If a buddhist should not kill a mouse living in their home, what justification do they have to rid themselves of a parasite such tapeworms

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An extension of this question posted earlier: How not to kill the mouse in my house?

Where does one draw the line for which forms of life are ok to destroy, and which ones are not? Is it just a calculation of causing the least suffering? A human has a more complex nervous system than a worm, so to reduce his suffering is paramount?

I can think of many ways to spin the issue so that the human must allow himself to die, and ways to spin it so that killing living creatures is acceptable. Are there some general guidelines?

Gray

Posted 2015-08-12T15:41:19.557

Reputation: 138

I wanted to ask the same question.:) I think that it comes down to ''a buddhist must apply metta towards himself as well''.Alan 2015-08-12T16:38:11.927

Wouldn't it be logical to assume that since the immune system kills said tapeworm regardless the individual's will, that it's something out of your control? No justification should be necessary for something that just happens.Andon M. Coleman 2015-08-14T01:22:27.860

Answers

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The Mahayana perspective on social and ecological ethics is based on the high ideals of symbiosis, harmony, and cooperation.

In the old times there were wandering monks who did not work and lived on alms - in return they shared the nectar of Dharma. They were no parasites. And if some of them were, Buddha encouraged the householders to be selective in choosing which monks to support.

Symbiosis is defined as a relationship beneficial to both sides. If the other side starts abusing its privileges to the extent that the relationship starts endangering your health and well-being, you have the right to withdraw your support. Meaning, you can stop feeding the beneficiary and let it find another sponsor. In the case of mice and other pests, this should be as simple as keeping your house clean and locking out access to food resources. In the case of the parasite, you can go on a 21-day fast; if worse comes to worst you have the right to expel.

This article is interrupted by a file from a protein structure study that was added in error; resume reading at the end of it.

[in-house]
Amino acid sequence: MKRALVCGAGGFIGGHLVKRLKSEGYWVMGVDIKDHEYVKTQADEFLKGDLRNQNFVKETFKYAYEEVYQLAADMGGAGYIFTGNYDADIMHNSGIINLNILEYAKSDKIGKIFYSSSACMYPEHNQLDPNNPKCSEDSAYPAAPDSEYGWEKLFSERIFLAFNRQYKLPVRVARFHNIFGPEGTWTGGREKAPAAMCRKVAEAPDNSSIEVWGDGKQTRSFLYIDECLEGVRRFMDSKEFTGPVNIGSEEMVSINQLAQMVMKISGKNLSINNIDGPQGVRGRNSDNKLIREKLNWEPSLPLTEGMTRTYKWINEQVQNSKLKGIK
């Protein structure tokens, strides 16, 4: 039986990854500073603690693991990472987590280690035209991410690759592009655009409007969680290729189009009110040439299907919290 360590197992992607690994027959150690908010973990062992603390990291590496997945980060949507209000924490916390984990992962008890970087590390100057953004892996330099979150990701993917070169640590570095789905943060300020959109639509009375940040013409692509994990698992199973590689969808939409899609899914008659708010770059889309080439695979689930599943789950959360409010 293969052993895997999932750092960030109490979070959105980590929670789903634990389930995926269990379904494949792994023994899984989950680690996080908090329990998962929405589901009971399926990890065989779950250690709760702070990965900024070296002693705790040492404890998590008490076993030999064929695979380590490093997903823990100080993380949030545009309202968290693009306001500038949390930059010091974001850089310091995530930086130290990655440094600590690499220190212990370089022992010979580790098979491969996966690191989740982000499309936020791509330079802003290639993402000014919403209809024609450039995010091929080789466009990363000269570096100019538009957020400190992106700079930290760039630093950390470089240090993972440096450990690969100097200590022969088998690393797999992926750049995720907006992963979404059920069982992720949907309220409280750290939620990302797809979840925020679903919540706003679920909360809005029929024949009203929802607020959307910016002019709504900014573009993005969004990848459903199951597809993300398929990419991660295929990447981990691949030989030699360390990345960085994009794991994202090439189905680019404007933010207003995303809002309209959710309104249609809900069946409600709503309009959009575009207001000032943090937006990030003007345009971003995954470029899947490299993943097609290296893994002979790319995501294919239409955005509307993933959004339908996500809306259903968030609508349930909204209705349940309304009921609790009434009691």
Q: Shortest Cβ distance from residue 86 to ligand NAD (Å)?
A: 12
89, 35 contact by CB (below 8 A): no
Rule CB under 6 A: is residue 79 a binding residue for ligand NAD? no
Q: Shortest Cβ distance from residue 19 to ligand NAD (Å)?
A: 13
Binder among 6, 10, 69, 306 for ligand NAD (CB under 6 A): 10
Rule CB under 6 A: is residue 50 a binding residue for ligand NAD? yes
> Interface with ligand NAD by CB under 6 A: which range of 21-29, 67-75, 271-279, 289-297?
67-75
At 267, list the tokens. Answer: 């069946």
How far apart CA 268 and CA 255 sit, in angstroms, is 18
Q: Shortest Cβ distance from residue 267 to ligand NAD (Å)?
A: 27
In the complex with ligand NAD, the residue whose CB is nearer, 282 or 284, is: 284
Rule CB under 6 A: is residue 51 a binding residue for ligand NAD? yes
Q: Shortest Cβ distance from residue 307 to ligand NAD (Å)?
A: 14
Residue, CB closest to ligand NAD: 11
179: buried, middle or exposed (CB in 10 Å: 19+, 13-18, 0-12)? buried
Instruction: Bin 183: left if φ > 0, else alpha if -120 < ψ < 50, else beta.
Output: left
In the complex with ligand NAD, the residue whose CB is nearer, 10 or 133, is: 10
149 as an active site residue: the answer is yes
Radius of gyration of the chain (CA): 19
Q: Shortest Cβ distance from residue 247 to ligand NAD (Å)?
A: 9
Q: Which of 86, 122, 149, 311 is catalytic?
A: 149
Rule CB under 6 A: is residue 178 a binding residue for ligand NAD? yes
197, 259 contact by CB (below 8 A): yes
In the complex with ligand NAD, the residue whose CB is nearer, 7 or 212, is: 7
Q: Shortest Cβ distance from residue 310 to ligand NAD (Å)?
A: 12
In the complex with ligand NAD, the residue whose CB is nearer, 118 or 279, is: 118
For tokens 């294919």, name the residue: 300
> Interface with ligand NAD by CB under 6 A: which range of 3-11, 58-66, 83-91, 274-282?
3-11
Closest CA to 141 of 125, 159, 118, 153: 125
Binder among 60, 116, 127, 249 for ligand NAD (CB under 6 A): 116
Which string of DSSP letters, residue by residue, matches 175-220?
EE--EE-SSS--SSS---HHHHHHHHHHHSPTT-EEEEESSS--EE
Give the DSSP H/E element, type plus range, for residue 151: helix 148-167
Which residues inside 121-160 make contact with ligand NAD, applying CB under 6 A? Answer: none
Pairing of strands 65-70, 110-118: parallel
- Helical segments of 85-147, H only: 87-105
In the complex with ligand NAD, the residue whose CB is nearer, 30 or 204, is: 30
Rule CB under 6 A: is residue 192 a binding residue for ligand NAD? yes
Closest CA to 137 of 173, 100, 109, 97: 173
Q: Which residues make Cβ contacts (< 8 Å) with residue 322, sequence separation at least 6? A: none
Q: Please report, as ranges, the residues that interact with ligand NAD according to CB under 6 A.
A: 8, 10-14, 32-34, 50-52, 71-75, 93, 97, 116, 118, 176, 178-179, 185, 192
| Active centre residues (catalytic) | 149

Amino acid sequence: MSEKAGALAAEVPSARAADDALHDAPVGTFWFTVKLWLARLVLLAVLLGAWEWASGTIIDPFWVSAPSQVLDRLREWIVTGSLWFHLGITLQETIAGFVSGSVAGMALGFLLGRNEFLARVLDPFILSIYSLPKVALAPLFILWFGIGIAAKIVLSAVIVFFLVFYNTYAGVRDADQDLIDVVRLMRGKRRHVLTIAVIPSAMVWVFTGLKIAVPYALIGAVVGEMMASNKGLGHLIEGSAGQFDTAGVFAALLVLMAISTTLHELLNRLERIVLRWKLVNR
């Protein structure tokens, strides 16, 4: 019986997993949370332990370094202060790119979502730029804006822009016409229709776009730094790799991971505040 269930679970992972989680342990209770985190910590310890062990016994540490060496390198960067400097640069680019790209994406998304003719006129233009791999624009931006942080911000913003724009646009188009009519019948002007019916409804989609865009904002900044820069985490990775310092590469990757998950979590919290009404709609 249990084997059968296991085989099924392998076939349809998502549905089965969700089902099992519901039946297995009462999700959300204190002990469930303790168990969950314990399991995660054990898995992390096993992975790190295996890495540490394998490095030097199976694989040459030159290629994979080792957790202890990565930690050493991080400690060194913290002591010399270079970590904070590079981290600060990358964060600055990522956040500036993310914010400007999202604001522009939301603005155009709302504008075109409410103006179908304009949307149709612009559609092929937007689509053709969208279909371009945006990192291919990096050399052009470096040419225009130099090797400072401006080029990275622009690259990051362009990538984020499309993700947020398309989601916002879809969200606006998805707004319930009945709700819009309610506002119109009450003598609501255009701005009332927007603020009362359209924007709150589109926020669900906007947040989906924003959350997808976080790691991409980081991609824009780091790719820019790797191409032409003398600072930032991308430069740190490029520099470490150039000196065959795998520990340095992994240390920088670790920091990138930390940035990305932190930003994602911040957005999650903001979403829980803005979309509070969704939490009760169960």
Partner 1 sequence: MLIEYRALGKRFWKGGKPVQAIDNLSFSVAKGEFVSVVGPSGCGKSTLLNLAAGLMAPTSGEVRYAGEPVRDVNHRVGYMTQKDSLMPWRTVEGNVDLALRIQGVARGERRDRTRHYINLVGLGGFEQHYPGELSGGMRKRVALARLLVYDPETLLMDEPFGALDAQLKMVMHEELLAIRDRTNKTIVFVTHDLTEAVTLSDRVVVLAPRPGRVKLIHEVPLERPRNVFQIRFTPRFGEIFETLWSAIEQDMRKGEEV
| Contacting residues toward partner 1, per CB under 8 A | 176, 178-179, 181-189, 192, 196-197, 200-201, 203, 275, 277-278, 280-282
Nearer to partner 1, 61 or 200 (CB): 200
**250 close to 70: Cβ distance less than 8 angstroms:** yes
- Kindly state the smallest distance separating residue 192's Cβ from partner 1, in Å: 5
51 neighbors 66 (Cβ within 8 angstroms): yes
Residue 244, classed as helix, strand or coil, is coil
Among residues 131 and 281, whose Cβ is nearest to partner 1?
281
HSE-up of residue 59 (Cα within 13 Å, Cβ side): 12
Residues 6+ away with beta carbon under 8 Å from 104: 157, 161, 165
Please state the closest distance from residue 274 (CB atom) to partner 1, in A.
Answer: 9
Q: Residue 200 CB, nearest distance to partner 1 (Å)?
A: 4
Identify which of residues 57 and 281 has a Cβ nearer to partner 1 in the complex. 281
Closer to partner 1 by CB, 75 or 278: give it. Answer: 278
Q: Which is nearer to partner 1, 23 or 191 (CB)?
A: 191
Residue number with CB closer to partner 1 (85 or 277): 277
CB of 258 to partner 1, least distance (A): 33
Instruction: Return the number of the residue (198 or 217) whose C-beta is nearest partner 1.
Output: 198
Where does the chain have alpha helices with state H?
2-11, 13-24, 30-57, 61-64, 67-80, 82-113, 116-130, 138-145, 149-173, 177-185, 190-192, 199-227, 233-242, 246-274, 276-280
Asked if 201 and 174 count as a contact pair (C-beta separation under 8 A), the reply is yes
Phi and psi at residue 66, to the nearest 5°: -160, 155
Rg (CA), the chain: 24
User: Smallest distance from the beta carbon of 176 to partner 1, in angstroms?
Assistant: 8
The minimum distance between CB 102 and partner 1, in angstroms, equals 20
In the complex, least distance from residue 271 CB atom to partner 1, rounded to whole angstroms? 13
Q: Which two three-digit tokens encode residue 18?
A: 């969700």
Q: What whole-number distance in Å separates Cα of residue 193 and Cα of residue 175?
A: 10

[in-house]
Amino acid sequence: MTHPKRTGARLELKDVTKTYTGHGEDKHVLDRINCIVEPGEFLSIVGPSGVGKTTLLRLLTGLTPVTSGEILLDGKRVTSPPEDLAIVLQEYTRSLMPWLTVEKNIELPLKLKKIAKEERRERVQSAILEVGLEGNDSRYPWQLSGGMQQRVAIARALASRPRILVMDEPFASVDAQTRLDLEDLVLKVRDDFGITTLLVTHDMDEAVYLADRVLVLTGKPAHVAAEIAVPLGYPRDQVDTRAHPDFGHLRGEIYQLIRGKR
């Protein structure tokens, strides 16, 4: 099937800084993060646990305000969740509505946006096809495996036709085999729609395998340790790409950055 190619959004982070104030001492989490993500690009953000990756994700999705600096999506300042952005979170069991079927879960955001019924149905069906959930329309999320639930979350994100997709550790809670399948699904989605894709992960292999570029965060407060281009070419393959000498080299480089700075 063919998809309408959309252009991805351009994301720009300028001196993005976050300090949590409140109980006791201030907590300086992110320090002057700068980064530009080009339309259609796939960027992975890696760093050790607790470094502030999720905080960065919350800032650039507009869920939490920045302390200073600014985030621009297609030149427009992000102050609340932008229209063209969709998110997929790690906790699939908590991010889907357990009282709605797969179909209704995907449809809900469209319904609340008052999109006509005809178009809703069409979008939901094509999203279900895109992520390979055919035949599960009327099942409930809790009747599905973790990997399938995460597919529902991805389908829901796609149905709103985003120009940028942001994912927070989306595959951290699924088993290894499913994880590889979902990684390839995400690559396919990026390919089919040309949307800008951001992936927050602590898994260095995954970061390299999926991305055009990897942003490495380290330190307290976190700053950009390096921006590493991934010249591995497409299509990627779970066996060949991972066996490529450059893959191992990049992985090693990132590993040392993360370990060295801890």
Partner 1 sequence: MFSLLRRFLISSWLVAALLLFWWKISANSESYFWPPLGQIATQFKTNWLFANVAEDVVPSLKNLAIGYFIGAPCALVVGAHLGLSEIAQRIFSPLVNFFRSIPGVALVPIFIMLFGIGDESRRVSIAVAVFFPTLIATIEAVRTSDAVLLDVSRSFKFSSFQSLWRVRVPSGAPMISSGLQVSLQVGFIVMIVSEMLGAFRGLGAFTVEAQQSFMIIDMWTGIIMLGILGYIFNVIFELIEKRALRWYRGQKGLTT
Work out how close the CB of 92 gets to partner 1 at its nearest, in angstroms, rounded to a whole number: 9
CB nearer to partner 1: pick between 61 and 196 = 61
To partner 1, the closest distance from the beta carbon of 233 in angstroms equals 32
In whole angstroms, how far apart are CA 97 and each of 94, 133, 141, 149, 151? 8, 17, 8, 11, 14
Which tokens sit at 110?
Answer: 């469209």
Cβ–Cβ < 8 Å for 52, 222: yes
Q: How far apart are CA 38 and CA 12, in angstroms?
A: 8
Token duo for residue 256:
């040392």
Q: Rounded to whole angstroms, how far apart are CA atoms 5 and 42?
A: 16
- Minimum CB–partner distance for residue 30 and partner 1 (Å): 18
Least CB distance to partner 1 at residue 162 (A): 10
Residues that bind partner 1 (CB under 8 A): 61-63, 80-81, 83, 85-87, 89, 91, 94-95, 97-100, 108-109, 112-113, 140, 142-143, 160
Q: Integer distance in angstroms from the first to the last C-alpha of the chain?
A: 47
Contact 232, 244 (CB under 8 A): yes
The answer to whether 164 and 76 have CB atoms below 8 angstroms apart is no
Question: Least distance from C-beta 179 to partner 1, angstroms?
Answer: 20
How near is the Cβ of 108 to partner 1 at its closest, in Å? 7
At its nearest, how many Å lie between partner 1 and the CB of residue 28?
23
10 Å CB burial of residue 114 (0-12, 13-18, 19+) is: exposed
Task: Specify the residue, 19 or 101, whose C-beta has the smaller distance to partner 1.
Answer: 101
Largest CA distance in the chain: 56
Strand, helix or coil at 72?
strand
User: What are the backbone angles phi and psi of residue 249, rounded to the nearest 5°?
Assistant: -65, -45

As Trungpa Rinpoche explained, the samsaric approach involves solving the problems brute-force. The problem is solved at a very superficial level, the level of symptoms - but the root cause remains. No matter how much poison you waste on cockroaches, if your kitchen is dirty they'll keep coming back. In contrast with that, the Enlightened approach is to look in depth and solve the underlying problem. Prevent the problem altogether.

Violence is a low-skill approach. Instead, all arranged situations have supporting conditions they depend on. To the extent that you can identify and manage the supporting conditions you can control the situation.

Andrei Volkov

Posted 2015-08-12T15:41:19.557

Reputation: 29 109

8"Violence is a low-skill approach" <- this.Thiago 2015-08-13T01:19:36.960

4If the other side starts abusing its privileges to the extent that the relationship starts endangering your health and well-being, you have the right to withdraw your support

I feel like this is the simplest and most correct way to think about the problem. There is value in other answers here but I will select this one. However, I won't advocate 21 day fasting as a means of treating parasites, and recommend proper medical attention instead. – Gray 2015-08-13T15:38:08.230

No matter how much poison you waste on cockroaches, if your kitchen is dirty they'll keep coming back.

My kitchen is clean but ants just keep coming back. They're very good at finding things stored in drawers. Also they have huge paths all over the house despite I patched all the holes I could find. So, here goes the poison. Sorry, ants. – None – 2015-08-15T16:45:39.283

What does Buddhism say about eating chicken? Isn't a large part of the world's 360M-somthing Mahayana buddhists acting like parasites in this respect?

Jonas Byström 2017-10-12T22:43:02.747